Going to work, nice and early. Driving through the traffic while playing my music and sipping my first coffee of the day. Life is good!
Fifteen minutes into my drive, as I’m descending into the horrific main tunnel on my route, the usual traffic starts to become denser and denser. until we’re not moving anymore. It’s ok, we’ll move again in a few seconds. Happens all the time. Few seconds became a few minutes, green lights on both lanes of the tunnel started flashing orange.. not good. There must be a breakdown or a crash. There’s always that one idiot who forgot to fill up petrol, or ignored the engine light for way too long. Let’s check. I reached for my phone and .. Where did I put it? must be on the back seat with my stuff. Checked the phone network bars on my car’s display and NOOOO. It’s empty! There are no network bars. I have left my phone at home in my hurry. How stupid of me.
The wait kept on stretching. Ten minutes later, and I’m still staring at the tail lights of the car in front of me. I’ll do my usual thing and see what my partner is doing. He’ll be awake, I can chat the wait away. So here I am pressing the voice command button and nothing is happening.. Damn. We’ll move soon. Meanwhile I’ll find one of my favourite songs and sing along. Who am I kidding.. I’m running late and I want to get out of this tunnel. The red break-lights of my fellow drivers are burning holes in my vision. It’s all I can see in this semi-dark airless tunnel. Let’s see what my team is up to on our IT Crowd Google Hangout. I should tell them I might be running late. Oh.. No Phone.
Thirty minutes later and this is becoming ridiculous. I have to be at work, what is going on that is taking so long? let’s I lower the window and ask the driver next to me to check on his phone, at least we’ll know when it will clear! I turn my head.. annddd.. Crap.. I’m face-to-face with the belly of a shipping container. No humans to be seen from my window. We will move, eventually.. At least I have some food with me.
An hour has passed since we stopped. An hour without my phone to let the team know I’m running late. An hour of not knowing what is holding me up. An hour of no Internet, chat, phone calls and checking e-mails. An hour of being stuck in a tunnel, recycling the air through my aircon, and getting bored. My hands are twitching to touch my phone, anxiety is creeping into my mind and I just want to go home and get it. I have lost contact with my world. It’s how I feel, and the only way I can explain it.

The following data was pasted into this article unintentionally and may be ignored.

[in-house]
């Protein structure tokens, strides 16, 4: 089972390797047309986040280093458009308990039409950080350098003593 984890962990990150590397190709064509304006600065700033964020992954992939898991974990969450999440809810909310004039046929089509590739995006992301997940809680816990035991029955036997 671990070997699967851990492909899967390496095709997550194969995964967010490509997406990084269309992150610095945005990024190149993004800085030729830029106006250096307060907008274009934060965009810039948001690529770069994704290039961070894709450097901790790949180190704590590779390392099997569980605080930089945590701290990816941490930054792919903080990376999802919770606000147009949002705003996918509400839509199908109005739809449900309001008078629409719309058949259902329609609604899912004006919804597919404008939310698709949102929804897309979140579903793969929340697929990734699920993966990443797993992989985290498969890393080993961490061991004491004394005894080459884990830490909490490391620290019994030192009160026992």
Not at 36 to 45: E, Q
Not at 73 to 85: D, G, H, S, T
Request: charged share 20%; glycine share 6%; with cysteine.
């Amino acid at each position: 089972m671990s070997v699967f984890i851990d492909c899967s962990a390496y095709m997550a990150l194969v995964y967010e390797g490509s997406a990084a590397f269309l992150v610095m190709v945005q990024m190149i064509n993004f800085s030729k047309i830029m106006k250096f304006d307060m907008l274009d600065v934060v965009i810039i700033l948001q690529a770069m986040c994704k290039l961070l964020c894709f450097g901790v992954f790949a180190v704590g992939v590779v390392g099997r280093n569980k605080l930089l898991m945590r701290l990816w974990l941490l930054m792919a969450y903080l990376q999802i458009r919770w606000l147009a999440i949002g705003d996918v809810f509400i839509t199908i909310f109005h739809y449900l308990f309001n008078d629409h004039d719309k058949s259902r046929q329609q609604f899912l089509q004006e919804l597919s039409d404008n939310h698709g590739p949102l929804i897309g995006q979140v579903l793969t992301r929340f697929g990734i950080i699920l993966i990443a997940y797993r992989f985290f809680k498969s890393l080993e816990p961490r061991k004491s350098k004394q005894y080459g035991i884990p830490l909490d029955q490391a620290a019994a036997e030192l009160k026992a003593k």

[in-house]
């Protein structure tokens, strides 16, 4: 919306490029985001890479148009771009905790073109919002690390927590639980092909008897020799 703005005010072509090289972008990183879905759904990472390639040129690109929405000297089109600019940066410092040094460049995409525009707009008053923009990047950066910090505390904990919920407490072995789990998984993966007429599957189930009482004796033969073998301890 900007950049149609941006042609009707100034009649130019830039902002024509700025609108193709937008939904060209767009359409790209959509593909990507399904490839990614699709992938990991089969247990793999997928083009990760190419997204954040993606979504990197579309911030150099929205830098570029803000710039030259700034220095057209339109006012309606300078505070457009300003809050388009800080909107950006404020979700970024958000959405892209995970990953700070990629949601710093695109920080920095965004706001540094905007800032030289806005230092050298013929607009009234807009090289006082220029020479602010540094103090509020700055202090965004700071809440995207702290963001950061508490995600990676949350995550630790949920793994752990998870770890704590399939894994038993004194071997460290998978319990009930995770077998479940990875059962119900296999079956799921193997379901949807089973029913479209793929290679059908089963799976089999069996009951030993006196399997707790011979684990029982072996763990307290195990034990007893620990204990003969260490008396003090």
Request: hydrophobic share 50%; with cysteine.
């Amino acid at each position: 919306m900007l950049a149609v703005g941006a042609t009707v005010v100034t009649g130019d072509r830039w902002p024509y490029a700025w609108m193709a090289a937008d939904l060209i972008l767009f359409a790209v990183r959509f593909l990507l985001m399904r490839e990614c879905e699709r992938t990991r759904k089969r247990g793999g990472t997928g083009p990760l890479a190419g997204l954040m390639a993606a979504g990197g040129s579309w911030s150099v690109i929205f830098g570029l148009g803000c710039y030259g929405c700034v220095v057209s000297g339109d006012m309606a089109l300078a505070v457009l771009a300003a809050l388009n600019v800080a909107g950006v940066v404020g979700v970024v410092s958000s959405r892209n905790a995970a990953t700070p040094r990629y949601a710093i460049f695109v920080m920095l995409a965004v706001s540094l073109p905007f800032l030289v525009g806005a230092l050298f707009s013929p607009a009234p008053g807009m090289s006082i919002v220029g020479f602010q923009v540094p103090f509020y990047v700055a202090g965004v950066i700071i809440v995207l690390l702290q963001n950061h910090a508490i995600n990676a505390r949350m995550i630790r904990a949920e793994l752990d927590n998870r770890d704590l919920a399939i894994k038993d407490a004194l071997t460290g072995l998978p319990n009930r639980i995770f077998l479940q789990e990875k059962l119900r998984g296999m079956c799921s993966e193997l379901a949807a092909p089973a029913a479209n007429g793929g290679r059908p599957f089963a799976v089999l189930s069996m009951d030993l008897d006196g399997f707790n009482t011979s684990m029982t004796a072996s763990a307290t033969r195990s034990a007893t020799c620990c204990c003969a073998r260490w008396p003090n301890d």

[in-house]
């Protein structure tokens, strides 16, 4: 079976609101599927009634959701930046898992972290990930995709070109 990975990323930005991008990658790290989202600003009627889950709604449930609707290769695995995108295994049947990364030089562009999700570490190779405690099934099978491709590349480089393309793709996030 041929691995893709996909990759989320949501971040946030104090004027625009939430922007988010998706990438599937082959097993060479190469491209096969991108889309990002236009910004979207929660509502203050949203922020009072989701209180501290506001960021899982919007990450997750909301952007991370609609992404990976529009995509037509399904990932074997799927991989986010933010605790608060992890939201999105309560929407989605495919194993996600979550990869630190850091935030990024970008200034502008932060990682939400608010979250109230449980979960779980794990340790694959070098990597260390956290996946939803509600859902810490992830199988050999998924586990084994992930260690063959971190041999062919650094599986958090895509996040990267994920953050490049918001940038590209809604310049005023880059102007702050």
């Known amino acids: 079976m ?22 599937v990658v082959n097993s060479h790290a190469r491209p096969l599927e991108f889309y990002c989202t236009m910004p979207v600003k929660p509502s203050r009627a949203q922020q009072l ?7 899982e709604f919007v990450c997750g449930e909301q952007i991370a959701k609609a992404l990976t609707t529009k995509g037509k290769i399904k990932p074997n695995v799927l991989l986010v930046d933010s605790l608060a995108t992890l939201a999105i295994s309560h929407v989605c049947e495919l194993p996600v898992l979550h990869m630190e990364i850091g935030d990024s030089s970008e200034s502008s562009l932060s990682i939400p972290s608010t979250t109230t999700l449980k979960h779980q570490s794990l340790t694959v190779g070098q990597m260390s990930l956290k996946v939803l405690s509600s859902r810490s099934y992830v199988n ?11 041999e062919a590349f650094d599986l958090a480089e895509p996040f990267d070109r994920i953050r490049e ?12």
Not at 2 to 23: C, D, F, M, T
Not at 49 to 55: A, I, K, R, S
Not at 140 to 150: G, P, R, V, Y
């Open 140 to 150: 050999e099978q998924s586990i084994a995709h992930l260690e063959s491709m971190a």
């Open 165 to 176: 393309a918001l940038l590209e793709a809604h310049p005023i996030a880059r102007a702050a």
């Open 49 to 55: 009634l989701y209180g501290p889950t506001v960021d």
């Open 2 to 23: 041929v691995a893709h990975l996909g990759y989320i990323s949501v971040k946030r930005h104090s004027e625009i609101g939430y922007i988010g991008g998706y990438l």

Eventually, it all started to move, and I got out of that hellhole of a tunnel, I made it to the office – pretty late I may add – but the whole day felt off. I still had my desk phone to make my calls, my computer was there to do anything I’d like to, but my mobile phone wasn’t. I didn’t have it to sneak a few minutes here and there, while I’m doing the long walk to the restrooms, or waiting for the microwave to heat up my food. It wasn’t there for me to check my e-mails or see what my friends were up to. I felt isolated and alone. The drive back home was equally miserable and lonely.
I have no word other than addiction to describe my attachment to my phone. It’s not the most ergonomically friendly device, it’s bending me forwards while I’m trying to hold it with both hands, slowly killing my eyesight, and stealing my sleep at night. It’s the enemy that I can’t let go. If I’m not holding it, it’s next to me. It has my e-book library, my finances, friends, family and work. Even my watch feels useless without it. I am addicted. I need to cut down and think of how we used to be 20 years ago, as kids, enjoying the simple things we had and relying on ourselves and organising skills. We use technology to simplify our life, But life was better without it somehow.